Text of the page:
ISSN 2330-717X

Will Burma’s Press Be Free After New Media Reform Bill?


By Zin Linn

The third regular session of the first Pyithu Hluttaw (Lower House) and the third regular session of first Amyotha Hluttaw (Upper House) opened at the Pyithu Hluttaw Building in Nay-Pyi-Taw, Thursday. President of Myanmar (Burma) Thein Sein sent a message to the Speakers of the Lower and the Upper Parliaments, the New Light of Myanmar said Friday.

The President says in his message, “In successfully reforming the all sectors of the nation for the sake of the people and the nation, we had to promulgate 15 new laws and make amendments and supplements.”

The junta-sponsored existing parliament allows 330 civilian seats in the 440-member House of Representatives (Lower House). Under the 2008 Constitution, the remaining 110 seats are filled with appointed military officers. In the 224-seat House of Nationalities (Upper House), 168 are elected and 56 are appointed by the boss of the armed forces. Remarkably, 77 percent of the parliamentary seats have been seized by the military-backed Union Solidarity and Development Party (USDP) in the 2010 November polls which were distinguished for vote-rigging prescription.

When the new parliament first started opening on January 31 in 2011, tight security had been set up around the parliament building as part of measures for a grand scale celebration. At that time, the area around the Naypyitaw was under surveillance and army units patrolling day and night.

There were even restrictions on the members of parliament, according to invitations delivered to Members of Parliament calling them for the first parliament sessions. The new MPs were not allowed to carry cameras, computers, mobile phones, radios, voice recorders, electronic gadgets, handbags and miscellaneous items.

During that first parliamentary session, even no visitors were allowed into the parliamentary compound. Uninvited guests might risk a prison term under rules made clear to lawmakers; whereas the authorized officials said even senior military officers were not permitted to go through without special permission.

For the period of that first parliamentary session, 18 reporters from domestic and foreign news agencies arrived in Naypyidaw, according to the Mizzima News. But, the journalists did not received permission from the Information Ministry to cover the historic first sessions which assembled for the first time in 22 years on January 31, 2011.

Additionally, reporters were not allowed to take photographs near the Parliament building. Only four reporters from state-run Myanmar Radio and Myawaddy TV were given permission to cover the Parliament. They even were not allowed to enter the Parliament and had to shoot video from a room surrounded by glass, Mizzima said.

One remarkable thing is that on this latest third regular assembly of the first parliament sessions, the mobile phones were allowed to use in the parliament building, but agree holding devices without disturbance to the parliament discussion, the Eleven Media Group (EMG) news said Friday.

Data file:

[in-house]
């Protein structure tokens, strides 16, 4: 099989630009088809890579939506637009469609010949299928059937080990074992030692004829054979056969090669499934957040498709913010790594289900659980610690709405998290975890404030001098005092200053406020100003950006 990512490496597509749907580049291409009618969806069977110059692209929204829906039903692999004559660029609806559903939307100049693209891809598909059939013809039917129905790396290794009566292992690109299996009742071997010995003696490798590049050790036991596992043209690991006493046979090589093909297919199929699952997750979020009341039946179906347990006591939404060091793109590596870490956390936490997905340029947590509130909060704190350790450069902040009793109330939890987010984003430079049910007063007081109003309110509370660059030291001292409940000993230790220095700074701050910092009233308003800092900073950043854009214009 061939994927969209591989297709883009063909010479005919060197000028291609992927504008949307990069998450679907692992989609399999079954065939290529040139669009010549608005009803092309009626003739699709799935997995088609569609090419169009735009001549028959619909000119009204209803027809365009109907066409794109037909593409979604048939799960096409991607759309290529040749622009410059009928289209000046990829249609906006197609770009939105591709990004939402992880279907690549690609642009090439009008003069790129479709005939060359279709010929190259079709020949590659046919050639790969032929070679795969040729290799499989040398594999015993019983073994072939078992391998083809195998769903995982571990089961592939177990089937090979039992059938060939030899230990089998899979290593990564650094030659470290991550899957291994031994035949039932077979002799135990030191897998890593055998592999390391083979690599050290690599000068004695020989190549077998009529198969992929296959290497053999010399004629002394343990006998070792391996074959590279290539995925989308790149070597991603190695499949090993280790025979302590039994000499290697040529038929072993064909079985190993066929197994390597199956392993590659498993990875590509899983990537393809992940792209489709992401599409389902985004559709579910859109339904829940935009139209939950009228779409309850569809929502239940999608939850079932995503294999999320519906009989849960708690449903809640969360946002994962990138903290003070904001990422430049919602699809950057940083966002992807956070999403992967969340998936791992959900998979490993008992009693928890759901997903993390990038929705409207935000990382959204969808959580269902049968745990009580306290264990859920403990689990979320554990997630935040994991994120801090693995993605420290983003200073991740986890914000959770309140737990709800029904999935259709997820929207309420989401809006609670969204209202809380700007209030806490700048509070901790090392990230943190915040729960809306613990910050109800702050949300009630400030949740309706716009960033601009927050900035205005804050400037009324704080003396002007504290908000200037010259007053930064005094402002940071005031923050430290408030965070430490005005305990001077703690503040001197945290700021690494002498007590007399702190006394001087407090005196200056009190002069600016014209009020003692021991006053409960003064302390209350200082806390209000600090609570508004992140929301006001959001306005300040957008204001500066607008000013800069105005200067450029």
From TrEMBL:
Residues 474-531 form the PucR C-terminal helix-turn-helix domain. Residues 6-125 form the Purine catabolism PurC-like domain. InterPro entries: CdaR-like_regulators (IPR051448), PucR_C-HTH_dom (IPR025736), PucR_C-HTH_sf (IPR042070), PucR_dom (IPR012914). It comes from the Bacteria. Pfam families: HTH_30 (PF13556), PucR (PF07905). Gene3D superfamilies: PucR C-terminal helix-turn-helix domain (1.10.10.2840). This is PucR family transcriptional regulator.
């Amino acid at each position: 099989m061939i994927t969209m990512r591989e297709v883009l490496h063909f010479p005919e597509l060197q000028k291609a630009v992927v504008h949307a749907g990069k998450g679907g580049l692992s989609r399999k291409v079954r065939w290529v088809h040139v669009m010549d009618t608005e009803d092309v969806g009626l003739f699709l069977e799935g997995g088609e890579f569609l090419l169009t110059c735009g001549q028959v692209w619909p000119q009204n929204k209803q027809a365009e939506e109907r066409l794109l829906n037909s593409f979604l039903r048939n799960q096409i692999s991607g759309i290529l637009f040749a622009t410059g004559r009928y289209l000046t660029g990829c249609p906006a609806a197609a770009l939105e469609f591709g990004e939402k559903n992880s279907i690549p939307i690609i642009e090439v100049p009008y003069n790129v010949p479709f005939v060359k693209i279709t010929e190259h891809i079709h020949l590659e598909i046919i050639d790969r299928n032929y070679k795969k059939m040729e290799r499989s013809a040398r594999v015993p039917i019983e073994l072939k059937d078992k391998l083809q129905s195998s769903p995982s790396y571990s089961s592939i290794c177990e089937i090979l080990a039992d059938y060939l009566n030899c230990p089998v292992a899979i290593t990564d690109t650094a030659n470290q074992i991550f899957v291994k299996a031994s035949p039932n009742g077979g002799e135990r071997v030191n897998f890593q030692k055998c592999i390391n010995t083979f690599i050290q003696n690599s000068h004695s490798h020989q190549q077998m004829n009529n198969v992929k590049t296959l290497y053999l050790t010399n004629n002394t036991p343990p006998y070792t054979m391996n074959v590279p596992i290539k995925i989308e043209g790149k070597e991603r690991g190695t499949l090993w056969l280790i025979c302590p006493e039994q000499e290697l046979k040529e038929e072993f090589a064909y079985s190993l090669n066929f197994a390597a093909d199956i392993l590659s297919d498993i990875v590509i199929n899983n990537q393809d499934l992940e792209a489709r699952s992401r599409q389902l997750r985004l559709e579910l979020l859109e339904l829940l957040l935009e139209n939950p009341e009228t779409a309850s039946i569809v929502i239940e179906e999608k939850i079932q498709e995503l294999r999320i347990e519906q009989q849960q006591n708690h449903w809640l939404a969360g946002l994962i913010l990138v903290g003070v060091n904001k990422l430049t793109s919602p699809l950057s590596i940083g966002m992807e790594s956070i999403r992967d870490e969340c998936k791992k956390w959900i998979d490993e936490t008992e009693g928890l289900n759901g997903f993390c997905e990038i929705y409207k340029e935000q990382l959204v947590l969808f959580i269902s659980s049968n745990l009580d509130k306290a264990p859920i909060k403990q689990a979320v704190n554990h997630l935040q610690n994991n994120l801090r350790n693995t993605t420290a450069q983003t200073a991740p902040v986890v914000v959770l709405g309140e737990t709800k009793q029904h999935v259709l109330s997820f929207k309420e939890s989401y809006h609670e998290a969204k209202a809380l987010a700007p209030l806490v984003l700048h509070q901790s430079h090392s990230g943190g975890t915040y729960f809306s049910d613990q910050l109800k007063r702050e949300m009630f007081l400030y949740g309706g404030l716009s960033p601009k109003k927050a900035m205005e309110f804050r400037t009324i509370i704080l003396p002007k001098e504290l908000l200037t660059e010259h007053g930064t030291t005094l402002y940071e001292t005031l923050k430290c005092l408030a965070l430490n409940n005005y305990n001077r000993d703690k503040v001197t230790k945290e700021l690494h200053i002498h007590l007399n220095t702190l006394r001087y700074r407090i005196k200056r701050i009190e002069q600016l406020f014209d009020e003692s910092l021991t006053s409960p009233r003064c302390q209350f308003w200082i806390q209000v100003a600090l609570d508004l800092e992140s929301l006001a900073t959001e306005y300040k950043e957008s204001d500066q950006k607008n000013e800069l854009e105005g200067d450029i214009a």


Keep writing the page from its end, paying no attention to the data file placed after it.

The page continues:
Moreover, not only domestic correspondents but also foreign reporters have been allowed to cover the news on the parliament discussions during this House Sessions. Media personnel were placed at the top floor above the parliament assembly hall. They were also allowed carrying cameras, video-cameras, computers, voice recorders and other necessary papers.

Apart from 26 domestic reporters, there are altogether eleven reporters from foreign news agencies, including Mr. Jason Szep (Southeast Asia Bureau Chief) from Reuters News of Britain, Mr.Toru Kitamura from Tokyo Broadcasting System (TBS), Mr.Tetsuo Okabe from Ji Ji News Agency Japan, Mr. Yuzo Yamashita from Nippon Television Network (NTV) and Ms.Lin Xi from China Central Television (CCTV), according to EMG news.

Since the new President Thein Sein government came to power in March 2011 after controversial 2010 November elections, Burma’s authorities have made a minor moderation of rigid censorship rules for some publications, while keeping a tight grip on news journals.

In an interview by telephone on Wednesday, Tint Swe, director of the Press Scrutiny and Registration Department (PSRD) repeatedly told Radio Free Asia (Burmese Service) claiming freedom of expression in Burma will be better after the new Press Law, which is still in the process of being endorsed in the parliament.

PSRD’s director said that the press law had already been drafted by Burma’s Ministry of Information and sent to the Attorney General’s office for approval. After adopting the media reform bill, the role of Press Scrutiny and Registration Department will be finished, Tint Swe told RFA.

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Asian Correspondent

Asian Correspondent is an English-language liberal news, blogs and commentary online newspaper serving all of the Asia-Pacific region. The website covers asian business, politics, technology, the environment, education, new media and Asia society issues.

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